Plastics are a real bug-bear for me.  Why we insist on using a finite resource to create plastic packaging, which is used once and casually thrown away is beyond me.  Plastics are only ever down-cycled, not recycled on a like-for-like basis as metals, paper and glass are.  My first choice would be to not buy plastics if at all possible as a best case scenario – or buy recyclable plastics as a worse-case scenario.  Non-recyclable plastics should have no place in modern society, with the knowledge we have.

One of the vast trailers used for shipping the recycling waste.

The resulting bales of aluminum, steel and plastic are then loaded into one mixed trailer and to shipped to the processor.

The red and blue recycling bags awaiting recycling themselves

A really nice surprise is that the red and blue recycling bags are also baled and recycled themselves.

The depot also has to account for the non-recyclable waste they receive.  This is weighed and recorded before going to the energy from waste plant with the standard refuse.  They have a waste license, which is paid to the Environment Department, and have to report major incidents of contamination. These don’t happen often, but are frustrating when they do.  If a contaminant, such as oil, was added into the recyclables then the whole truck load is lost to the energy from waste plant, and then the depot have to spend time cleaning out the truck.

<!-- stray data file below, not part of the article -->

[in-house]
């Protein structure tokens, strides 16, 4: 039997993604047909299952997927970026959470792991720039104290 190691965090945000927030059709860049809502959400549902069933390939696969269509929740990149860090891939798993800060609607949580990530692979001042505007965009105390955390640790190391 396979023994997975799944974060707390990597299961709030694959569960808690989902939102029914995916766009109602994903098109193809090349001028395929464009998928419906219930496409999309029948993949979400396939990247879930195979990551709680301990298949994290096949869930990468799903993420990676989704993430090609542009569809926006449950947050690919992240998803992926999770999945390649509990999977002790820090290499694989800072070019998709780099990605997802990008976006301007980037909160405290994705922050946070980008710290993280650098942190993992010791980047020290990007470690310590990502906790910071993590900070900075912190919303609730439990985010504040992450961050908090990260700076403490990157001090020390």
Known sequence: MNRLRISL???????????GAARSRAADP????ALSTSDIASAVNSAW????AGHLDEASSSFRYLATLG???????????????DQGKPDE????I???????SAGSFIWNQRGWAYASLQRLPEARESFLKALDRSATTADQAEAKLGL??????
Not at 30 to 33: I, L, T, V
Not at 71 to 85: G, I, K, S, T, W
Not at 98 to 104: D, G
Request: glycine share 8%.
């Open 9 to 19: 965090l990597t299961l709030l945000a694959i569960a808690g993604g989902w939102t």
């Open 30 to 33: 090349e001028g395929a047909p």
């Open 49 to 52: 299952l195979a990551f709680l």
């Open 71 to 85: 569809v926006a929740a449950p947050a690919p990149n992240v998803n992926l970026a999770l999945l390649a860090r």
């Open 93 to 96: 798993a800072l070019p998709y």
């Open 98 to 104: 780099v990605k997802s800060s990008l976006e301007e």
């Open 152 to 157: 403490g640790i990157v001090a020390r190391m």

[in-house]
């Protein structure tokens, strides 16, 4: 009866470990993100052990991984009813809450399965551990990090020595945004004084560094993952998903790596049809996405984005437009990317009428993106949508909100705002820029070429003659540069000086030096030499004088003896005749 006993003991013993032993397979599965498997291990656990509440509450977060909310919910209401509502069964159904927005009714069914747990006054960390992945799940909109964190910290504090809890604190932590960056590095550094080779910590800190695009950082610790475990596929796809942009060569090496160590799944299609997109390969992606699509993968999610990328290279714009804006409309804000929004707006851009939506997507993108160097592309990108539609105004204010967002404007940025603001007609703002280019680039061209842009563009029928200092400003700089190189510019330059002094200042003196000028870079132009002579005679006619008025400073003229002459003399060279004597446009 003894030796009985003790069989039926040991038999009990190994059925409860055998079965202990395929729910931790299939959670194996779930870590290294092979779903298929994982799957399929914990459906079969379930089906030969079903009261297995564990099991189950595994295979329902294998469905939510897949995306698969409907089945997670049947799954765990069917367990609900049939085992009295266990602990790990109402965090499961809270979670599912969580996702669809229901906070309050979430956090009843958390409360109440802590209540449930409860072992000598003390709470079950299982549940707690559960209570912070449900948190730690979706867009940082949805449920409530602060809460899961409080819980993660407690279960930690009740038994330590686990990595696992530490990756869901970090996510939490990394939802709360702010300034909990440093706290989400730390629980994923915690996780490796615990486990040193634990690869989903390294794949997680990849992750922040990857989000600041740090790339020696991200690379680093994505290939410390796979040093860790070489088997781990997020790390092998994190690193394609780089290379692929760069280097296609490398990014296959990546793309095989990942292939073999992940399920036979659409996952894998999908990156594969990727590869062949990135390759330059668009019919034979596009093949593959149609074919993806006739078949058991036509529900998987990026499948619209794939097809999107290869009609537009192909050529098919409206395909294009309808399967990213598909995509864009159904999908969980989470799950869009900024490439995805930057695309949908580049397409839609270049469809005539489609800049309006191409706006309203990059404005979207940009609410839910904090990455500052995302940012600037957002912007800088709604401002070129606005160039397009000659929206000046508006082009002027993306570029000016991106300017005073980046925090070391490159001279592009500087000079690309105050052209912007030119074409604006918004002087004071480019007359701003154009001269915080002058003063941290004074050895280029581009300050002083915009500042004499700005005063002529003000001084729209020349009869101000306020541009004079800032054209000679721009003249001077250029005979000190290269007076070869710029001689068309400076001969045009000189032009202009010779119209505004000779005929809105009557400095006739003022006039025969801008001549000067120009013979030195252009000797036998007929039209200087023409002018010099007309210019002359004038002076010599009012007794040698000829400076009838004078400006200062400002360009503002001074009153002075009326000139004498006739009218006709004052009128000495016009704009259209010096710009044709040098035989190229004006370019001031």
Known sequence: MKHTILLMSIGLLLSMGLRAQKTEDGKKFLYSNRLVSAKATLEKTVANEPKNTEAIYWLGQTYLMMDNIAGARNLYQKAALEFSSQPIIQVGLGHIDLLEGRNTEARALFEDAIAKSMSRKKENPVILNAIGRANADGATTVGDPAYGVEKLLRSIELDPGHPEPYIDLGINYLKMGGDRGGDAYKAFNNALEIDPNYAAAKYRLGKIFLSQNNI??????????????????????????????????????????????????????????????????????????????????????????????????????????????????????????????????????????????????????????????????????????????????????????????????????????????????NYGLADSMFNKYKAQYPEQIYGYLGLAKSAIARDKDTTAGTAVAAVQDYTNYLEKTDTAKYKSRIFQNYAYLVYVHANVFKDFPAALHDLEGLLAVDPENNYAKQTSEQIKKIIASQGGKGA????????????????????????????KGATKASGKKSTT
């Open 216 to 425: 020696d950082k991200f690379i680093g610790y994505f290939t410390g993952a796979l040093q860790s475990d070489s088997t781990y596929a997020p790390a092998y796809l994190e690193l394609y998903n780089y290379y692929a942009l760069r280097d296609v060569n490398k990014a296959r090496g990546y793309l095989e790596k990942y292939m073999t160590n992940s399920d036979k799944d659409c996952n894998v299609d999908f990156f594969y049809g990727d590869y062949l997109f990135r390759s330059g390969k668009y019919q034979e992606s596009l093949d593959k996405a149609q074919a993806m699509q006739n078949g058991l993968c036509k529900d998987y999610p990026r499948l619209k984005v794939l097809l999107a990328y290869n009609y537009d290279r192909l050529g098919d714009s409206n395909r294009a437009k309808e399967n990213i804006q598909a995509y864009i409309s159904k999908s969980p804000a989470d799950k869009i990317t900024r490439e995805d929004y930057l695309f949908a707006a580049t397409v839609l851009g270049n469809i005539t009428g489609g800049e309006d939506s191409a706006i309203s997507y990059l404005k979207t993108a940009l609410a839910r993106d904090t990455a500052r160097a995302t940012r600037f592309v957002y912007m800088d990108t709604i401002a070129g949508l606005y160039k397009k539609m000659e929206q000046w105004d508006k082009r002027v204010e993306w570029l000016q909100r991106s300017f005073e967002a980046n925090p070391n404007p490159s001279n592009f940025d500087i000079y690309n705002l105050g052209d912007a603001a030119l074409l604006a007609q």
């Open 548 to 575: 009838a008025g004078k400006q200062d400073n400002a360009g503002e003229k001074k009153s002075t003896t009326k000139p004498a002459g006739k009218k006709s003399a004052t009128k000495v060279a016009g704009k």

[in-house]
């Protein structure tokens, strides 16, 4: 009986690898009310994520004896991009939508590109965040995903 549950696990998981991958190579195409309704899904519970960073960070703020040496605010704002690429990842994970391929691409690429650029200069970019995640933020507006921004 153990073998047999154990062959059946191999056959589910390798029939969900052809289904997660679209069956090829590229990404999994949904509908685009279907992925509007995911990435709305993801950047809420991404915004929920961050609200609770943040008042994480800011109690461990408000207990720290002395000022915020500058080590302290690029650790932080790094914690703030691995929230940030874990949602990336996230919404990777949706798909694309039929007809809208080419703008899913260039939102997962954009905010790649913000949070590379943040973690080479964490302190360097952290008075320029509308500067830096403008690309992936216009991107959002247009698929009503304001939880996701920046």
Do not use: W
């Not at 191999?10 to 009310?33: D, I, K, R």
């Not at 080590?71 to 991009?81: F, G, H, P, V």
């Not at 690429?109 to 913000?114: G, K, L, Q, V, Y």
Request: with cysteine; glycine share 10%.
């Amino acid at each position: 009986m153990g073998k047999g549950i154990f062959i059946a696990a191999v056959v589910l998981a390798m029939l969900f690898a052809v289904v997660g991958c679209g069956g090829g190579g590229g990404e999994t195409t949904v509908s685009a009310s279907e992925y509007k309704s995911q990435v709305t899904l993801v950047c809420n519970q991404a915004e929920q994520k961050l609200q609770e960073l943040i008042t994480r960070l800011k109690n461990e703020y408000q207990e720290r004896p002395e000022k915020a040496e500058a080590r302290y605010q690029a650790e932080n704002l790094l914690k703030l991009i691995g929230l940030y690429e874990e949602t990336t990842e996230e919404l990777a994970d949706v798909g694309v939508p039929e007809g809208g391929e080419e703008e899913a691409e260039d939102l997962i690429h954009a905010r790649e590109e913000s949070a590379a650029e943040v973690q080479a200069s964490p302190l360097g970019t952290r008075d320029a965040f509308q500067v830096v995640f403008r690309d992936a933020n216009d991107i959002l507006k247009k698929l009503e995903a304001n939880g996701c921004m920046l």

Simon identifies his own rubbish!

One word of warning if you do recycle though – make sure that any personal details are shredded to keep sensitive data safe.  As we were looking at the baled paper Simon managed to pick out a piece of rubbish from his own home!

So, if you do recycle in St Helier this is what happens to your waste stream.  If you don’t currently recycle – then please consider it.  The processes are in place and there is plenty of capacity to handle a large increase in recycling rates.  If you don’t live in St Helier but want kerb-side recycling then please speak to your Connetables – otherwise how will they know?

With many thanks to Simon and Debra for their time and enthusiasm.



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  1. Lovely blog about the recycling that does go on in Jersey. Does this mean we can recycle bottle caps with St. Helier? Also any luck with contacting the connectables? I live in St. Clement and would like to write to my connectable to start curb side recycling. I would appreciate any advice. Thank you